Category Archives: Computer

How to Do Computer Repair

Now a days its easier to repair a system because most of the computers have less than a dozen parts. In my opinion, repairing a system is much easier than diagnose the problem. You hardly encounter hardware problems as they are less common than software issues. The secret to computer repair is going about it in a systematic manner and eliminating the possibilities of the recurrence of the problems. This article lists some of the basic tips, which you can consider while troubleshooting a hardware device.

At first, you must confirm whether power supply is working properly. Try to listen the sound of fans, look at the little lights at the front of the computer case. The best economical option for you is to repair a power supply. Its possible for hardware vendors or service centers to simply replace the entire power supply. Most of the issues with SMPS are easy to trace and inexpensive to fix.

If you encounter any video error or there is no image at all on the screen, first you should check the Video cable. The main reason of video error is the motherboard failure. Check whether you have a compatible driver. Repair that part to rectify the problem.

People who are still learning the basics of computer repair tech support – like what devices are involved in what operation – will often assume that all boot errors are due to a hard disk failure. Hard drive errors are normally pretty easy to troubleshoot. In order to troubleshoot hard disk error, confirm whether your PC is able to detect hard drive. This can be done with the help of BIOS.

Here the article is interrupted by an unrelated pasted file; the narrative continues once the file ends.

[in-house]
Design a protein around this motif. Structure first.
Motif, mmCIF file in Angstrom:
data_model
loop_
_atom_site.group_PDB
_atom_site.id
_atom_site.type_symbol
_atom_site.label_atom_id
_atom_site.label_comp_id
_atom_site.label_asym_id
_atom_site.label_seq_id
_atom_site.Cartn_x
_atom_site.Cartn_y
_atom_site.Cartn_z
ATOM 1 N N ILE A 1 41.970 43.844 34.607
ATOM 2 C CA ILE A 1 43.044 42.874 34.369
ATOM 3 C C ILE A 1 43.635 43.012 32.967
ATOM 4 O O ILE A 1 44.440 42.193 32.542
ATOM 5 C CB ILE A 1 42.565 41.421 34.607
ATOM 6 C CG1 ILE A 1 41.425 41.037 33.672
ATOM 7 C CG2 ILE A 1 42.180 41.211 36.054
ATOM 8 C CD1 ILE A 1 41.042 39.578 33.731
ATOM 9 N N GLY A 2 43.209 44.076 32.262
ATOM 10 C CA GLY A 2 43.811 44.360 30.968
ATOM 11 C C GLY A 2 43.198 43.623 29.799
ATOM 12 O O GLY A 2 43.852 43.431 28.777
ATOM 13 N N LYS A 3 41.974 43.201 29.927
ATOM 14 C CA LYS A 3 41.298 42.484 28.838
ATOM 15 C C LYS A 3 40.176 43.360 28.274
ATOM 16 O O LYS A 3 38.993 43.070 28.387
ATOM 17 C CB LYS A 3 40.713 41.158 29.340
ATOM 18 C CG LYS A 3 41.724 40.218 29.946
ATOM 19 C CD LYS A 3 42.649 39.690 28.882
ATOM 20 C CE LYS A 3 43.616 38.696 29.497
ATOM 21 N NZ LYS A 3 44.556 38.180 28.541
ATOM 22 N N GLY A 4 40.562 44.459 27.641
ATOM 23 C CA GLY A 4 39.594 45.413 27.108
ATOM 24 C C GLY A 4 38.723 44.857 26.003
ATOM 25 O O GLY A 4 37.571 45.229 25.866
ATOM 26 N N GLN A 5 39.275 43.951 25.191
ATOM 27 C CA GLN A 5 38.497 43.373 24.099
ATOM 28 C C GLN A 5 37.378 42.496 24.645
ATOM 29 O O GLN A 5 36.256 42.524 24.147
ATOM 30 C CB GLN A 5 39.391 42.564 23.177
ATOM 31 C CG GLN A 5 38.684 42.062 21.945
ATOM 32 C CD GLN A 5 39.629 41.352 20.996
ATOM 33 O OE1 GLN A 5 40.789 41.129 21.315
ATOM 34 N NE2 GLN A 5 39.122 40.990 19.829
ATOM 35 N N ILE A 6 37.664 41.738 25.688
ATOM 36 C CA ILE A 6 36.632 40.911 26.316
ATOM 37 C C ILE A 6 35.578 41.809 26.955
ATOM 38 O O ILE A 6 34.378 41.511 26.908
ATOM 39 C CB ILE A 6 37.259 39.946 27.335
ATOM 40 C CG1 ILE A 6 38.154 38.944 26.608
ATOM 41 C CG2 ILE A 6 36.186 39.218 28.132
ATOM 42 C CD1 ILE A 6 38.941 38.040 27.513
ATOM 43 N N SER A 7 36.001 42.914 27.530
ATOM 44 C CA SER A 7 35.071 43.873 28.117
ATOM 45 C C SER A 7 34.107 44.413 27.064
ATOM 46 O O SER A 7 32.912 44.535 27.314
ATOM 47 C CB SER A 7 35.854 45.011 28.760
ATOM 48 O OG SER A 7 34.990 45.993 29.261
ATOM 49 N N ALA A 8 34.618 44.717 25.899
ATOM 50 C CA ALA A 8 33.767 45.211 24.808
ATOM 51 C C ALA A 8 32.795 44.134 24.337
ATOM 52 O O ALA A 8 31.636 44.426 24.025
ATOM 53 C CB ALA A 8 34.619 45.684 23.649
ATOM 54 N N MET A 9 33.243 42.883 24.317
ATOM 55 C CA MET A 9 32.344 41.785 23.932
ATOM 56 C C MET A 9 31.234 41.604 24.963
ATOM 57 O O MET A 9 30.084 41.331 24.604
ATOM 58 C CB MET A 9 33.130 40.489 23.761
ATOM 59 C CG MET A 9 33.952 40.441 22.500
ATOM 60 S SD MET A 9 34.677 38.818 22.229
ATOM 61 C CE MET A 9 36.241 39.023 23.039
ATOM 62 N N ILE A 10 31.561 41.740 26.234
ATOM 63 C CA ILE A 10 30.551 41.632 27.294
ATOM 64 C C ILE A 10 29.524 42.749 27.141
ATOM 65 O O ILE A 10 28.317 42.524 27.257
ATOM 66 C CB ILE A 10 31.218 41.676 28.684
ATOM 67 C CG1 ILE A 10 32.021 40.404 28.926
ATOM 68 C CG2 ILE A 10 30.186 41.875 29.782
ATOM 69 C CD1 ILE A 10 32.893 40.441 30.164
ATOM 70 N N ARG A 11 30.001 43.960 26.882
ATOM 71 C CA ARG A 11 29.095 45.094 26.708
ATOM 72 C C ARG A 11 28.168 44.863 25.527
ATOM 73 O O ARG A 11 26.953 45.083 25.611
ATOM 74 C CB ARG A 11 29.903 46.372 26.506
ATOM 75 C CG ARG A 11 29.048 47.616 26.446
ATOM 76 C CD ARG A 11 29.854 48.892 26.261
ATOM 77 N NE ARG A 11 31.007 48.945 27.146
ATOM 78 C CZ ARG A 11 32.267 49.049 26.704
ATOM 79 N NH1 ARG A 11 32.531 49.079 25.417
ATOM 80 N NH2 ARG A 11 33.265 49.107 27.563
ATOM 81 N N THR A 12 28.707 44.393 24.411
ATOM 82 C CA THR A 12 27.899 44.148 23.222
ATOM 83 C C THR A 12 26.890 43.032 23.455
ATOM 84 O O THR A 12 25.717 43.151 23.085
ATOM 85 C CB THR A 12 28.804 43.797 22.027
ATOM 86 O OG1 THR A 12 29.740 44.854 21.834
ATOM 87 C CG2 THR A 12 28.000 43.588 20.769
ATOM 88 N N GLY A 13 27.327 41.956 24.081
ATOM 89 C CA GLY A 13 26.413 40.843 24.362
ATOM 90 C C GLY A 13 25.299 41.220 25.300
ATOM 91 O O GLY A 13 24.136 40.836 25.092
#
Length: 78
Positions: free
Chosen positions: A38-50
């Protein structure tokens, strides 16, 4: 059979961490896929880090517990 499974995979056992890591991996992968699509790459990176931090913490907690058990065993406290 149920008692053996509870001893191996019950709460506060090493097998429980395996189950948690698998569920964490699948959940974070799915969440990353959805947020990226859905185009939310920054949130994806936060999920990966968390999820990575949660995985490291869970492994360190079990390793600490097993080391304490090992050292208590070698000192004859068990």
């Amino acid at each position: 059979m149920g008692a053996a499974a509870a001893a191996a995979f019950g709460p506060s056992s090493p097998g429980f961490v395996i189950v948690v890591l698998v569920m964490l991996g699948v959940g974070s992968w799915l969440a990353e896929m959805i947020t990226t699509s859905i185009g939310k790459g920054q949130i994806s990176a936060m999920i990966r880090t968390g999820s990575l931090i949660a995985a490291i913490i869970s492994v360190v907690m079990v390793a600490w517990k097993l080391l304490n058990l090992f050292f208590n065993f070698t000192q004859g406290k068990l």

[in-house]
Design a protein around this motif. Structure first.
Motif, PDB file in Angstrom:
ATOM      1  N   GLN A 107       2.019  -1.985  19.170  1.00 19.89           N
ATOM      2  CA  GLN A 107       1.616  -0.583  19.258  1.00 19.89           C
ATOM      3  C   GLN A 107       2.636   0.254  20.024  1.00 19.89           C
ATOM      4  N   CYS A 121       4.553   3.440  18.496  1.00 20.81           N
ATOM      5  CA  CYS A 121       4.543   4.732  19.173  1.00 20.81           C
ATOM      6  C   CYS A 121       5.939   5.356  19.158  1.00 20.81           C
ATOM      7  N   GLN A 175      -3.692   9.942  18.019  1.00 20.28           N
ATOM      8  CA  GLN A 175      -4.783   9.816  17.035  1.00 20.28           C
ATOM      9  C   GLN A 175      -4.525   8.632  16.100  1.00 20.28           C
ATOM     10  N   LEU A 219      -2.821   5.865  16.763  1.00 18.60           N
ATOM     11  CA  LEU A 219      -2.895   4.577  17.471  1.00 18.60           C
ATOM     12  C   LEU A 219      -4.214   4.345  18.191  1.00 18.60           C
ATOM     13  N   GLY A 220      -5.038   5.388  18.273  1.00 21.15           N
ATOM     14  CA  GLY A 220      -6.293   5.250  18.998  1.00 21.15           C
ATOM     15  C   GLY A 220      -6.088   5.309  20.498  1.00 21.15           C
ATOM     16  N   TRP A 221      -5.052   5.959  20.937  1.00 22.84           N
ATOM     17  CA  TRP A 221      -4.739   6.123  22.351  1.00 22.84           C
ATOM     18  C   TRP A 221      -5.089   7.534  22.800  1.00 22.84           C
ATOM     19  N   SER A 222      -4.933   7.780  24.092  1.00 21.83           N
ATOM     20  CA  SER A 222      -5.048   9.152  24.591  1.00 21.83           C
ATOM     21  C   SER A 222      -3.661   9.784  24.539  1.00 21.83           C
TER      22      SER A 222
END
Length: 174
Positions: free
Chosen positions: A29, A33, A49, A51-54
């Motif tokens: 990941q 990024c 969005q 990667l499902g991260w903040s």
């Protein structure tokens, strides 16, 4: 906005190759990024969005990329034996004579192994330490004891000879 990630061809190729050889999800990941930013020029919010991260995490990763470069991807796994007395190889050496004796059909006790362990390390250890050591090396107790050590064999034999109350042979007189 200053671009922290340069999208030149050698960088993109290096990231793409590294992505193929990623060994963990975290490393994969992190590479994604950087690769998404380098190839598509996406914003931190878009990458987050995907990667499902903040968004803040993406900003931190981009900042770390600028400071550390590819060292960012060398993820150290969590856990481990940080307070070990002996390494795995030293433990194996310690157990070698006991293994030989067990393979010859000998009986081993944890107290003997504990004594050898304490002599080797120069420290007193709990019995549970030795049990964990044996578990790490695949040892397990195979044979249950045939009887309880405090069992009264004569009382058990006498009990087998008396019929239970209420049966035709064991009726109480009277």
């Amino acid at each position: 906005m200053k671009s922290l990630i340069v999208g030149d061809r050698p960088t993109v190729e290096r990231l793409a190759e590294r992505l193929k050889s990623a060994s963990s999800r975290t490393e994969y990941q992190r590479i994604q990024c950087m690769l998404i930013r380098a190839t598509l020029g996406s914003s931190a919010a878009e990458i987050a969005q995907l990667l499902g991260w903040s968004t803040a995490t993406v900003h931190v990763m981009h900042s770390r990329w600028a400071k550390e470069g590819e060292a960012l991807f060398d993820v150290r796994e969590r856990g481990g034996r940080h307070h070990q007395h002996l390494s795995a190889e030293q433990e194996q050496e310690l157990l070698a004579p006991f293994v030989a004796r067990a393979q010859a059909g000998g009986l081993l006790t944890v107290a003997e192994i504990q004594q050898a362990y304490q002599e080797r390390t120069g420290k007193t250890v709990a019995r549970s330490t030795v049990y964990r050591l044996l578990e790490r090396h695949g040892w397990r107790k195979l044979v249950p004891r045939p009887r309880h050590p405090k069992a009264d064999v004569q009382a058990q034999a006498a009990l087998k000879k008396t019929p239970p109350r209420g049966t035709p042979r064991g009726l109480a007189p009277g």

The hard disk may display errors including “retry, abort, ignore” or “cannot read sectors”. This can be due to bad or unreadable sectors on the drive. You can easily repair these problems by reformatting and reinstalling the operating system. This will cause you to loose all data on your drive, so it is important to always have a good backup of your files daily.

You can also repair bad sectors and errors from your hard drive by running Windows built-in utility like check disk, disk defragment and scan disk. Its recommended that you should run these utility in order to make your hard disk clean and healthy.

Personal Information and Identity Safe at the Computer Repair Shop

What you are about to read may alarm you. If you take your computer in for repair, your personal information is at risk of getting into the wrong hands and you can become a victim of identity theft!

Most people don’t think about it, and some take it for granted, but really how safe is your personal information when you take your computer in for repair.

Hi, my name is Bill Arnoldi. I own my own computer repair company and have over 18 years of experience in I. T. management.